Asian currencies subdued after US CPI data – Business & Finance

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BENGALURU: Asian emerging markets currencies were tentative on Friday as higher-than-expected inflation in the United States failed to deter March interest rate cut bets, keeping the greenback steady, with most currencies on track to end the week lower.

The Philippine peso edged 0.3% higher on Friday, but logged a 0.5% decline over the week, set for its biggest weekly loss since late August last year. The Indonesian rupiah slipped marginally and was on track for a second consecutive week of losses.

Equities in Manila led gains in the region, jumping 0.9%. Stocks in Mumbai jumped as much as 0.9% to hit a record high.

Overnight, data from the US showed consumer prices rose more than expected in December, suggesting the Fed may need to maintain high interest rates for a longer period. However, the market continues to expect a rate cut soon, according to the CME FedWatch tool.

The tool showed a 71.4% chance of a rate cut in March as of 0645 GMT, compared to a near 66% chance at the beginning of the week.

Robert Carnell, head of research and chief economist Asia-Pacific at ING, said “the market pricing simply looks wrong”.

“Without some sort of crisis somewhere – say a new banking collapse or some massive blow out of commercial real estate credit – I can’t see how the Fed can possible justify a cut by March,” Carnell said.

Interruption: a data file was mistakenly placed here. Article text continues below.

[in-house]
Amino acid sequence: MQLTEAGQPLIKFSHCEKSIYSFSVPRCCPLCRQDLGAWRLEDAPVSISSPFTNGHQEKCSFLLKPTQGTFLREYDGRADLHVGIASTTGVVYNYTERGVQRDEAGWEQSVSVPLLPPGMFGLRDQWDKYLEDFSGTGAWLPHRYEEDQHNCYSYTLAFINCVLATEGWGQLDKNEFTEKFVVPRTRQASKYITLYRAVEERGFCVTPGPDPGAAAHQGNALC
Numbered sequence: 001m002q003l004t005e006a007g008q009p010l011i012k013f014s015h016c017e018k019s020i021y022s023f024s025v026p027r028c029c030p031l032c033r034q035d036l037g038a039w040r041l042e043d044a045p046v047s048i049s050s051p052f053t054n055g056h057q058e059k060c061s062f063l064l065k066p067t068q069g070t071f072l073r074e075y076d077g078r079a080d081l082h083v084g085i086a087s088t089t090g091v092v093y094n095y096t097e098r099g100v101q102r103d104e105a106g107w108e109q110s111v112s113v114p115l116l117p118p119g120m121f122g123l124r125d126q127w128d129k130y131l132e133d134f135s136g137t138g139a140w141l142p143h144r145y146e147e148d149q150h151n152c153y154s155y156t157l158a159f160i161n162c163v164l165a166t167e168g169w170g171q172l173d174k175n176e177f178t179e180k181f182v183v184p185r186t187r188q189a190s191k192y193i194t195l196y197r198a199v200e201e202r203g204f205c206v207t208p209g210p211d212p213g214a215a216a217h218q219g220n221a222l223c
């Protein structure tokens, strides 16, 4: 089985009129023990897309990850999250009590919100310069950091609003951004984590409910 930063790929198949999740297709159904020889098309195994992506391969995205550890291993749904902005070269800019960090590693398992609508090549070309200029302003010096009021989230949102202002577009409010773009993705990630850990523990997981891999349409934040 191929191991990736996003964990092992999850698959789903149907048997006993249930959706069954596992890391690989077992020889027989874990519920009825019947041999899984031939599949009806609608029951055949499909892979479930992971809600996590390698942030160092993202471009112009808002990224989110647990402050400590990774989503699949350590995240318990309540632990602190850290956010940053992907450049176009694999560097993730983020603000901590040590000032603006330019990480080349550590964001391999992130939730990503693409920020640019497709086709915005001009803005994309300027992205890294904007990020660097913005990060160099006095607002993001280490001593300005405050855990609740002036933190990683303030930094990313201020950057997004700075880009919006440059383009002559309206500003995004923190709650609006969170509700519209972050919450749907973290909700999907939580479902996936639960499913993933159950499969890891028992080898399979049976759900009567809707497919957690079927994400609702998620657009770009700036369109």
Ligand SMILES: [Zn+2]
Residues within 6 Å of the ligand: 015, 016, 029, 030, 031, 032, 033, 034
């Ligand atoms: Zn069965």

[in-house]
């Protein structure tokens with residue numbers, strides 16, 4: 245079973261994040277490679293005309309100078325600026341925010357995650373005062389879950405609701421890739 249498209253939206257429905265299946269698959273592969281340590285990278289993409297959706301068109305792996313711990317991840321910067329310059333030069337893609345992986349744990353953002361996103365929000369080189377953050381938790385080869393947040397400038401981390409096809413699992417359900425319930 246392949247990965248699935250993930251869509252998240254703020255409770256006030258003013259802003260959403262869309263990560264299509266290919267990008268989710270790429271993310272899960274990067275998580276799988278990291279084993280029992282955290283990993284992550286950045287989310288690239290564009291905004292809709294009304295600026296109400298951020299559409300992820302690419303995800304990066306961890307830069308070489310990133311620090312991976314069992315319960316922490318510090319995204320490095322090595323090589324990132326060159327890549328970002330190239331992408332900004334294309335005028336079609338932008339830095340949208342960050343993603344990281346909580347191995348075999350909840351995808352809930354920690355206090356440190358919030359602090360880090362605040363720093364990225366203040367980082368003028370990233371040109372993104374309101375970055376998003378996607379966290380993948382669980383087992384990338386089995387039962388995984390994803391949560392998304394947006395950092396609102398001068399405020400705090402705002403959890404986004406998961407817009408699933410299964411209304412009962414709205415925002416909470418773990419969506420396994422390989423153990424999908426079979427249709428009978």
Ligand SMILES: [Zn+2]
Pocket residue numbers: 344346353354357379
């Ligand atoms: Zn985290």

Analysts at Bank of America however maintained their view of a quarter-point rate cut in March, writing that a soft core personal consumption expenditure index increases the likelihood of a lowering of rates.

Separately, the US and Britain launched strikes against Houthi military targets in Yemen after the Iran-backed group attacked international ships in the Red Sea, leading to a surge in oil prices and likely dampening investor sentiment.

Meanwhile, data from China showed consumer prices extended their decline for a third month in December, while factory-gate prices also fell, highlighting the persistence of deflationary forces in the world’s second-largest economy.

ING’s Carnell said that China’s CPI data came in negative due to a “very unhelpful” comparison with food prices last year, coupled with some weakness in current gasoline prices which “reflects an economy that is weak, but not one that is in a deflationary doom-loop”.

The Chinese yuan and stocks in Shanghai were little changed on Friday.

Markets in Taiwan edged lower ahead of a pivotal presidential and parliamentary election on Saturday, which is being closely watched internationally amid geopolitical tensions with China.

Markets will likely focus on the extent of victory of the new president, the degree of power sharing needed between different parties, and comments from the new president on relations with China, MUFG wrote.

Back in Southeast Asia, the Thai baht has slipped about 1% so far this week, on track to record a second consecutive week of losses. Bangkok stocks also fell about 1% for the week, snapping a five-week winning streak.

For the week ahead, traders will be looking out for Bank Indonesia’s key interest rate decision, with economists expecting the central bank to keep its policy rate unchanged, according to a Reuters poll.



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